The ability to manage SQL server is implemented as the SQL Server provider. The SQL Server provider is not installed by default, but it is included with the SQL Server 2000 source files in the X86\Other\WMI folder. It can be used to manage both SQL Server 2000 and 7.0. To install it, simply run the SQLWMI80.MSI file. This will also create the root/MicrosoftSQLServer namespace and populate it with definitions of all SQL Server classes. Note that you only need to install the provider on the SQL server itself, but you can connect to it from any Windows system that has WMI components present.

Each class is described by its properties. For example, the MSSQL_Database class has properties such as Name, DatabaseStatus, PrimaryFilePath, or CompatibilityLevel. Besides properties, classes can also have methods, which affect state of class instances. Use of the methods relevant to SQL server administration is the focus of this article.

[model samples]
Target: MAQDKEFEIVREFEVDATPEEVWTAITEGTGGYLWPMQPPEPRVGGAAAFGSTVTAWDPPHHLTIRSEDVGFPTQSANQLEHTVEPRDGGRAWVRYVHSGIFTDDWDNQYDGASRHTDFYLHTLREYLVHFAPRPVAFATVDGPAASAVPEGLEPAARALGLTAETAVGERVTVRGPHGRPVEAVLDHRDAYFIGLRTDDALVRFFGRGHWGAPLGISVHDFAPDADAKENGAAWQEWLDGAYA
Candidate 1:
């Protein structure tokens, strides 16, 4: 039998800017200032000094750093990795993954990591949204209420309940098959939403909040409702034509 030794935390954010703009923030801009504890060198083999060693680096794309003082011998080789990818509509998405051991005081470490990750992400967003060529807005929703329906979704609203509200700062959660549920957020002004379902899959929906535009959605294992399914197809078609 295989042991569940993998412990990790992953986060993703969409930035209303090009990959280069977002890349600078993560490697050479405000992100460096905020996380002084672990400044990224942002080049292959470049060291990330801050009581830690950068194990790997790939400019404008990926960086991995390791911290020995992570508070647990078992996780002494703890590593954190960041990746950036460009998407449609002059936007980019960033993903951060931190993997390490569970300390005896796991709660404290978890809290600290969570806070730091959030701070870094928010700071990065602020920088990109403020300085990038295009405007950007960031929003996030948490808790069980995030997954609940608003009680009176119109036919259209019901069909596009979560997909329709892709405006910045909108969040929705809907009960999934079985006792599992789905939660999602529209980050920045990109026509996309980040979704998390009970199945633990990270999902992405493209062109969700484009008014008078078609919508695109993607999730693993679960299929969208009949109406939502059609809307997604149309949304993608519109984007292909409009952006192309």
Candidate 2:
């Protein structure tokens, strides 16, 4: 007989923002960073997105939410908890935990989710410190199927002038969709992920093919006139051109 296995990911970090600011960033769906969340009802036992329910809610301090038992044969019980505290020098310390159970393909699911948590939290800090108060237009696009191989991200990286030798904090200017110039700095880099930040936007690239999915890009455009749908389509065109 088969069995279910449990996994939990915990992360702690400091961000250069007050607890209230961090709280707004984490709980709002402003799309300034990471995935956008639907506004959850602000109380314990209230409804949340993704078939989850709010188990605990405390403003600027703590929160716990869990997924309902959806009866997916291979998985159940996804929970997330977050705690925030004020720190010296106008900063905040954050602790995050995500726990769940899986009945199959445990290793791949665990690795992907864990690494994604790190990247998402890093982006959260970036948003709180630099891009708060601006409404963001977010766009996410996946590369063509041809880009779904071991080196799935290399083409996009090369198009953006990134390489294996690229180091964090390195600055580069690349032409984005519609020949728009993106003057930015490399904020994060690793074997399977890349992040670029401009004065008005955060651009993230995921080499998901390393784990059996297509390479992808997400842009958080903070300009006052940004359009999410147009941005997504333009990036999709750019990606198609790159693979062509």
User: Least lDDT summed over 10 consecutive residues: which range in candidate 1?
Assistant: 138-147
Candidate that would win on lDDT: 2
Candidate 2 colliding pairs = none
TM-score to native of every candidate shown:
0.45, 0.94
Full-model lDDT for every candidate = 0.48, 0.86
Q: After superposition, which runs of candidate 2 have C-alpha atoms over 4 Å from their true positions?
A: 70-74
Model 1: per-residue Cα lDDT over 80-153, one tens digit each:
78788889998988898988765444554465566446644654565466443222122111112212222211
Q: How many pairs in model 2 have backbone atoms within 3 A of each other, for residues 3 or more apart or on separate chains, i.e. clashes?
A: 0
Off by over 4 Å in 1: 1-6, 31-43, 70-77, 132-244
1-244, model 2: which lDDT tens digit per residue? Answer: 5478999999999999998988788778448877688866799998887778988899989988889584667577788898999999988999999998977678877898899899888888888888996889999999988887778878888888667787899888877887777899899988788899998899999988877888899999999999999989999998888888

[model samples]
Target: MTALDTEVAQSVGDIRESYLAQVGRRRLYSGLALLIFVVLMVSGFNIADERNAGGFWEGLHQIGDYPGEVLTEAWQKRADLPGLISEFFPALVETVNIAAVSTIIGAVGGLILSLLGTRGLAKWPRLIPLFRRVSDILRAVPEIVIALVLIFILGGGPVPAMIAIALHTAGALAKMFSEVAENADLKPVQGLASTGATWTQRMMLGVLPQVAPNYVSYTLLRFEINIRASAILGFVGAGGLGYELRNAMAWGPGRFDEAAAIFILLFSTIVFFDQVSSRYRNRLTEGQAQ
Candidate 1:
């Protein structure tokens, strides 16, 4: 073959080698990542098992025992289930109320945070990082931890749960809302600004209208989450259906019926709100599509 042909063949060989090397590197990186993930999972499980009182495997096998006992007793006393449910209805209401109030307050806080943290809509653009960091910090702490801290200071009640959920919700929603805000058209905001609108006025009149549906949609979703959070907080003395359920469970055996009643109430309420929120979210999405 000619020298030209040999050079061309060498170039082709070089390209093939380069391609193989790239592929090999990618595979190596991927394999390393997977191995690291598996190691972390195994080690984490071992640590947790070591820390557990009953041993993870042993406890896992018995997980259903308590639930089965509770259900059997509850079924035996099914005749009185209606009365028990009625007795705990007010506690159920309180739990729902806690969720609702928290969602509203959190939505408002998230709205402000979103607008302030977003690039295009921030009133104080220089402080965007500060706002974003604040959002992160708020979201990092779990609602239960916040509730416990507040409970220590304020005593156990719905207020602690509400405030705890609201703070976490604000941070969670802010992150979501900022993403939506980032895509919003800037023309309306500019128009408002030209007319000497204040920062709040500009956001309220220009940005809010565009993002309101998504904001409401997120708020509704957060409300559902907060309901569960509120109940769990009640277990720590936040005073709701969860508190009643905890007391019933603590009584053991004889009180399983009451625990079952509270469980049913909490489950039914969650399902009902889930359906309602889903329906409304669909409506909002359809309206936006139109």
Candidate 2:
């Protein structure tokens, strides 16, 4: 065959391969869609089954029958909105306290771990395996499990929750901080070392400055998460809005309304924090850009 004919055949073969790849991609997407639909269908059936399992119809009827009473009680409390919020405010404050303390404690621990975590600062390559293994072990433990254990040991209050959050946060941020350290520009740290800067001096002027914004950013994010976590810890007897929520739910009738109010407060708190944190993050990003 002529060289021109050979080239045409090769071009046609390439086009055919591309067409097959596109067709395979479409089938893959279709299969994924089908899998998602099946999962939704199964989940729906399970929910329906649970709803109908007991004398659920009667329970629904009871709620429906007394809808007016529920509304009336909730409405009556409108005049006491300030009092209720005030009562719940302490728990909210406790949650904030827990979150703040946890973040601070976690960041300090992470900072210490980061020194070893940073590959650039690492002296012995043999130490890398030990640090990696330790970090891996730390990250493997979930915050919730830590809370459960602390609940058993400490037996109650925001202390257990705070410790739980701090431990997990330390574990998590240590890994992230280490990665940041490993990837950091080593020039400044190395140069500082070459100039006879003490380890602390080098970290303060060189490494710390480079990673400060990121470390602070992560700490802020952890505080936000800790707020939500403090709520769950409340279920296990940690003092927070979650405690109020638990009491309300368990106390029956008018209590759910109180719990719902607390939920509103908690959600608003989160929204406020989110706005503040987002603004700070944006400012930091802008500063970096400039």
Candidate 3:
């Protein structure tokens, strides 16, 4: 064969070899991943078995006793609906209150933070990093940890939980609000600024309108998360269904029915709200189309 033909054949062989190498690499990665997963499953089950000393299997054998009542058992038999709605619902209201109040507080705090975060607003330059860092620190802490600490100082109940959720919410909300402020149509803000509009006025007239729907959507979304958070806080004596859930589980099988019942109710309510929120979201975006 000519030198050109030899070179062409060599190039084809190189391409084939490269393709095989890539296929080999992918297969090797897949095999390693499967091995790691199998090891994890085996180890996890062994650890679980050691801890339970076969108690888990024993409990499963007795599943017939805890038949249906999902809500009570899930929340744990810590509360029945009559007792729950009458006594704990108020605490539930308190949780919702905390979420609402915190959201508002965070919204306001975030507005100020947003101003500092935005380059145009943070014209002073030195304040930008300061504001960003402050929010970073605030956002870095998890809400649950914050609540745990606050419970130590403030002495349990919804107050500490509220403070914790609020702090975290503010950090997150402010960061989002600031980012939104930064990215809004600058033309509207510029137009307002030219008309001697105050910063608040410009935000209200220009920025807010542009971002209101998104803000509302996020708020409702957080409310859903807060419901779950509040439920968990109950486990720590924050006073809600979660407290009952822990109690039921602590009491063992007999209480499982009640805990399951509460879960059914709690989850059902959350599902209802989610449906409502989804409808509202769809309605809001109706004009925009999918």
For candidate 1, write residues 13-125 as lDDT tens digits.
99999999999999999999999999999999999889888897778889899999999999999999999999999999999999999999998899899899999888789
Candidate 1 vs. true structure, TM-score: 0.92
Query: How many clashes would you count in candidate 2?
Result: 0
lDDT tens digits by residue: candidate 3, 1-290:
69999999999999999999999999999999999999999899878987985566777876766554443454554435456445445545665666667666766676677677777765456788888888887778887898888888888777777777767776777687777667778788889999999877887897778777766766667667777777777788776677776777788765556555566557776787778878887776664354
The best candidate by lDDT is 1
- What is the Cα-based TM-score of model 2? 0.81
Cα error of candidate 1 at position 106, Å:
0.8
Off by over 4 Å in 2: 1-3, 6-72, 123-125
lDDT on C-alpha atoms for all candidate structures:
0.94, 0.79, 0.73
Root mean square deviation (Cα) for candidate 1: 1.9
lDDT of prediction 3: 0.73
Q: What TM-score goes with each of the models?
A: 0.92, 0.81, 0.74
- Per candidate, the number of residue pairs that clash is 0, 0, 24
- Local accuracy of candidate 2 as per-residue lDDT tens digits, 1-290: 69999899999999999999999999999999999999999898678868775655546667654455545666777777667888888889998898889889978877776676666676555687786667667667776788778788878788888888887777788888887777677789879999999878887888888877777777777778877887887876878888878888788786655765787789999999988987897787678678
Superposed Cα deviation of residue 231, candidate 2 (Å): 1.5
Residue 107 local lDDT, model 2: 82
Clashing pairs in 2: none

Let's start with the most basic SQL Server operations -- starting and stopping SQL Server. The MSSQL_SQLServer class, representing SQL Server, contains two methods, named appropriately Start and Stop, which will be used in the two scripts below. With SQL Server 2000, it is possible to install multiple instances of SQL Server on a single computer, which means that we can have multiple instances of the MSSQL_SQLServer class. Each instance is identified by a unique name (the default instance is automatically assigned the same name as the computer). This is the reason that in each of the scripts below you need to provide both the computer name and SQL Server instance name.